Let no one say burlesque isn’t inspiring. Art exhibition A Brush With Burlesque showcases the vision of 13 international UK-based visual artists, with styles and techniques as diverse as those of their bump-and-grinding muses.
This ten-day celebration of burlesque is housed at Brick Lane’s East Gallery, where past highlights include collective show Boy BANG Boy, a Ben Westwood solo exhibition and Junior Apprentice 2010. Curated by Mark and Sarah Bell of Devon production company Kinky & Quirky, the array of canvases, prints and sketches on display depicts an extensive cross-section of UK burlesque bombshells. More than a catalogue of dancers, though, A Brush With Burlesque is a chronicle of the effects of the art form: the themes, the moves, the audience’s gaze and the lingering sense of larger-than-life beauty.
Scottish nude and portrait painter Linda O’Grady makes iconic tableaux of fleeting and intimate moments, creating a spectacle of the female figure with bold brush strokes in vivid colours and glittering pigments. Mark Bell’s oils, by contrast, pierce the glamour of dancers onstage to reveal a down-to-earth humanity with disarming candour. Working from life models and photographs, Charlotte Rhodes contributes striking paintings of Australian dancer Sarina del Fuego in action poses, mixing oil, acrylic, glitter and imitation gold leaf. Her drawings, though, mostly watercolour pencil on card, offer little beyond unimaginative pin-up pastiches and live modelling studies.
Portraits make up a sizable portion of the works. American artist Ella Guru chooses her models among East London variety performers, rendering them in stately poses and allegorical settings reminiscent of Frida Kahlo. Fiona Wilson’s canvases, often depicting performers in full shot, are remarkable in their contained energy and casual elegance, a la Sargent. The felt-tip playfulness of Pip Bayley’s illustrations convey the personality of their subjects with superb lightness of touch, imprinting modern burlesquers and timeless idols like Audrey Hepburn with agile cartoon charm.
Poster art is well represented in the exhibition, with a good number of prints by Joe Armitage for Sheffield show Burly Q, plus designs for Leeds revue The Wet Spot by Kev Grey and Charlotte Thomson. Borrowing from comic books, vintage billboards and tattoo art, the clever and eye-catching posters favour an edgy rockabilly-tinted aesthetic over the delicate pin-up style of most mainstream burlesque in London, and have become collectors’ items among variety fans far beyond the locations of the events they advertise.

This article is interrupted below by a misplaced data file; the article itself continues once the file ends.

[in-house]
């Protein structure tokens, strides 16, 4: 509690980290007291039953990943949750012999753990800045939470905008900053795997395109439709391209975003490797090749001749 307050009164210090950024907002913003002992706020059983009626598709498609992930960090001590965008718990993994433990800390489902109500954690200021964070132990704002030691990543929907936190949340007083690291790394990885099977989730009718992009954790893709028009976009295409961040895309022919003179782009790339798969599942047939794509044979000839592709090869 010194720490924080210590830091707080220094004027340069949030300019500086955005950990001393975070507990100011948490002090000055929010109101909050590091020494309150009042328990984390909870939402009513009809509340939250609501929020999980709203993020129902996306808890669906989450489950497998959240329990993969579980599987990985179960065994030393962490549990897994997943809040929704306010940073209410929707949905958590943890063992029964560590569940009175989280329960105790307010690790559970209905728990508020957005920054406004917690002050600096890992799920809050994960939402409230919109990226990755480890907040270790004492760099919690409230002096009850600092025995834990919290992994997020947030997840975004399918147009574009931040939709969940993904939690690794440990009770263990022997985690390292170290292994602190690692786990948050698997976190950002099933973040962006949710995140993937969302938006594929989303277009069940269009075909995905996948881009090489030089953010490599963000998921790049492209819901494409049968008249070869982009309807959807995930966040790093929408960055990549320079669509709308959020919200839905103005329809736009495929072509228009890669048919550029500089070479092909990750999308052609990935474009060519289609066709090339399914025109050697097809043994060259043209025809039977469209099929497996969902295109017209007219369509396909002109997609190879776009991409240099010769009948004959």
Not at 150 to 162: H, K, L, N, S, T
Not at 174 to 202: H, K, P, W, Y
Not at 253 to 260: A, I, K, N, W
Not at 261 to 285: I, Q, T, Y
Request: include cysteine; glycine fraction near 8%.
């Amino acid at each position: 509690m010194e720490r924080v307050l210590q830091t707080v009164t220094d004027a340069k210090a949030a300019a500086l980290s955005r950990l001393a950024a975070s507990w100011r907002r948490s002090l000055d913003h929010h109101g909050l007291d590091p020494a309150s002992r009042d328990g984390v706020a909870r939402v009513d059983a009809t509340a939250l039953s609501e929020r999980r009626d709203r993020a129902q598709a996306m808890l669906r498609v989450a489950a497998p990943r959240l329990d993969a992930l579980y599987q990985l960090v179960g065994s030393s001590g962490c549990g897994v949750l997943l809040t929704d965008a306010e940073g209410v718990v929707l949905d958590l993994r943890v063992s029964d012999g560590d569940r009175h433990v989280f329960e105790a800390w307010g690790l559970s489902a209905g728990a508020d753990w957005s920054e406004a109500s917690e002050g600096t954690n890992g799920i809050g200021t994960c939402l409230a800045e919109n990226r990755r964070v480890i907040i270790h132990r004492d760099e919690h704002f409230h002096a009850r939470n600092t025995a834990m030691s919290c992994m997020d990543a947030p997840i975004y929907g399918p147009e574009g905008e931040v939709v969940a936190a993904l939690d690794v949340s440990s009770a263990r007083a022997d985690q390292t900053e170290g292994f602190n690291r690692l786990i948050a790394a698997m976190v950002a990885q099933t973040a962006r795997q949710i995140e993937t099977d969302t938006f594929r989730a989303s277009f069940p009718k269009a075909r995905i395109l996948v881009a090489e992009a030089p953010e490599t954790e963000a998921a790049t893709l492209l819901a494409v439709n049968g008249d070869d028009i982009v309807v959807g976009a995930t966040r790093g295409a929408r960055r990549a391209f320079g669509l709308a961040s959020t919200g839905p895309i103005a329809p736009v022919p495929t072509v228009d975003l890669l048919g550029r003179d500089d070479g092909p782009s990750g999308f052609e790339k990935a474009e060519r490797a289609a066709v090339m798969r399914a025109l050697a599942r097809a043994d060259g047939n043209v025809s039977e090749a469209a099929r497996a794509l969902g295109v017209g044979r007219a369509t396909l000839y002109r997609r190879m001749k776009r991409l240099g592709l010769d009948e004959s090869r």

Timed to overlap with Chaz Royal’s World Burlesque Games, the show gives visitors a rare opportunity: you can see some of the country’s most established burlesque performers in portraits by day and onstage at night. Subjects on display include Cat Aclysmic, Billie Rae, Frankii Wilde and Kiki Kaboom, all of which will appear in one or more evenings of the festival. Anna Fur Laxis, the most depicted burlesquer in the exhibition, is sadly absent not only from the Games, but from London’s variety stages in general, despite headlining shows throughout Britain with dazzling routines full of sensuality, sarcasm and the most elaborate sets and props you’re likely to see this side of a Dita Von Teese number.
|Anna Fur Laxis re-imagined by Joe Armitage for Burly Q and Charlotte Thomson for The Wet Spot|
All artwork on display is for sale, with prices ranging from £45 for limited-edition portrait prints to £1,000 or more for the larger canvases. Postcard sets, poster prints, key rings and other merchandise are also available. But even if you’re not in an acquisitive mood, the exhibition is worth a visit or two. A Brush With Burlesque offers a rich and representative selection of the acts, shows and artists that have made burlesque a thriving scene in the UK. You don’t see a nationwide performance circuit squeezed into a single gallery every day.
A Brush With Burlesque. Curated by Mark and Sarah Bell. East Gallery, London E1 6SA. 3-13 May, 13:00-19:00. www.abrushwithburlesque.com.
Correction: this review was emended on May 9th, 2012. It previously gave the number of artists featured in the exhibition as 12.